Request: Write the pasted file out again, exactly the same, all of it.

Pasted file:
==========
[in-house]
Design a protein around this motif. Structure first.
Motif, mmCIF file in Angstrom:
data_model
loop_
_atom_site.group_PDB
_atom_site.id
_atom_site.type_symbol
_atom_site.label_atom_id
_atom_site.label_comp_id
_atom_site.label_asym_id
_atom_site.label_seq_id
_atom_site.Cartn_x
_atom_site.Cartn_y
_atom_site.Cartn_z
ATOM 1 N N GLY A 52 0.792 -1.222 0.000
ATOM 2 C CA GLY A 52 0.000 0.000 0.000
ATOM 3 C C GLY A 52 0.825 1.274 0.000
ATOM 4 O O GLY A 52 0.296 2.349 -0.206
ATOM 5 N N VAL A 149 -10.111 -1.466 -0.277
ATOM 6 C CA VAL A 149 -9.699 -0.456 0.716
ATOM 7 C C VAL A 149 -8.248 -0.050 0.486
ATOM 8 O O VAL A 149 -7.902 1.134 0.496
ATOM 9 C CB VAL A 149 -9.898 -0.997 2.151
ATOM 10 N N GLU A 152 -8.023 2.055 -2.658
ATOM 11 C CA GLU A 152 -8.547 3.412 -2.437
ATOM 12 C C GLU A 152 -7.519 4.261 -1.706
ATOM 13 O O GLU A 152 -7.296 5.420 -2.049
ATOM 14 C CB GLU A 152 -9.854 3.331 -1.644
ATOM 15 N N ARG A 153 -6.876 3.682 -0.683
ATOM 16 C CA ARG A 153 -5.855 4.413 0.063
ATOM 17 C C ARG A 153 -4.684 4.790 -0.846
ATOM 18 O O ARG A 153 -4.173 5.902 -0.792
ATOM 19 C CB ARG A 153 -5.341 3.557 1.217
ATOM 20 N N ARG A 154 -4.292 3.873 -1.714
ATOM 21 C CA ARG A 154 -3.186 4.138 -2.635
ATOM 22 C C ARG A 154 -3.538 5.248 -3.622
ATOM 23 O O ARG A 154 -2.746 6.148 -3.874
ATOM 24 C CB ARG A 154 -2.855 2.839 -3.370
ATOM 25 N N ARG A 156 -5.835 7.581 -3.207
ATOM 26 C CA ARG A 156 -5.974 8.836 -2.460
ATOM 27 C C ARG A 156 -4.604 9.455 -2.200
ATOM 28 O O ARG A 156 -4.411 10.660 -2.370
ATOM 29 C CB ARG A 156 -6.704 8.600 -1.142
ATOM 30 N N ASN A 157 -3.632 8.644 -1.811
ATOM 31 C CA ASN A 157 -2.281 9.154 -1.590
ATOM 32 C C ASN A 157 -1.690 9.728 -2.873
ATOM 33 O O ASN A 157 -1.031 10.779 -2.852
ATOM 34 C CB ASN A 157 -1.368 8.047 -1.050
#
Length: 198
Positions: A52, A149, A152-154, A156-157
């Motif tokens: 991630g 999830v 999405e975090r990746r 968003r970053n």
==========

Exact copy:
[in-house]
Design a protein around this motif. Structure first.
Motif, mmCIF file in Angstrom:
data_model
loop_
_atom_site.group_PDB
_atom_site.id
_atom_site.type_symbol
_atom_site.label_atom_id
_atom_site.label_comp_id
_atom_site.label_asym_id
_atom_site.label_seq_id
_atom_site.Cartn_x
_atom_site.Cartn_y
_atom_site.Cartn_z
ATOM 1 N N GLY A 52 0.792 -1.222 0.000
ATOM 2 C CA GLY A 52 0.000 0.000 0.000
ATOM 3 C C GLY A 52 0.825 1.274 0.000
ATOM 4 O O GLY A 52 0.296 2.349 -0.206
ATOM 5 N N VAL A 149 -10.111 -1.466 -0.277
ATOM 6 C CA VAL A 149 -9.699 -0.456 0.716
ATOM 7 C C VAL A 149 -8.248 -0.050 0.486
ATOM 8 O O VAL A 149 -7.902 1.134 0.496
ATOM 9 C CB VAL A 149 -9.898 -0.997 2.151
ATOM 10 N N GLU A 152 -8.023 2.055 -2.658
ATOM 11 C CA GLU A 152 -8.547 3.412 -2.437
ATOM 12 C C GLU A 152 -7.519 4.261 -1.706
ATOM 13 O O GLU A 152 -7.296 5.420 -2.049
ATOM 14 C CB GLU A 152 -9.854 3.331 -1.644
ATOM 15 N N ARG A 153 -6.876 3.682 -0.683
ATOM 16 C CA ARG A 153 -5.855 4.413 0.063
ATOM 17 C C ARG A 153 -4.684 4.790 -0.846
ATOM 18 O O ARG A 153 -4.173 5.902 -0.792
ATOM 19 C CB ARG A 153 -5.341 3.557 1.217
ATOM 20 N N ARG A 154 -4.292 3.873 -1.714
ATOM 21 C CA ARG A 154 -3.186 4.138 -2.635
ATOM 22 C C ARG A 154 -3.538 5.248 -3.622
ATOM 23 O O ARG A 154 -2.746 6.148 -3.874
ATOM 24 C CB ARG A 154 -2.855 2.839 -3.370
ATOM 25 N N ARG A 156 -5.835 7.581 -3.207
ATOM 26 C CA ARG A 156 -5.974 8.836 -2.460
ATOM 27 C C ARG A 156 -4.604 9.455 -2.200
ATOM 28 O O ARG A 156 -4.411 10.660 -2.370
ATOM 29 C CB ARG A 156 -6.704 8.600 -1.142
ATOM 30 N N ASN A 157 -3.632 8.644 -1.811
ATOM 31 C CA ASN A 157 -2.281 9.154 -1.590
ATOM 32 C C ASN A 157 -1.690 9.728 -2.873
ATOM 33 O O ASN A 157 -1.031 10.779 -2.852
ATOM 34 C CB ASN A 157 -1.368 8.047 -1.050
#
Length: 198
Positions: A52, A149, A152-154, A156-157
């Motif tokens: 991630g 999830v 999405e975090r990746r 968003r970053n």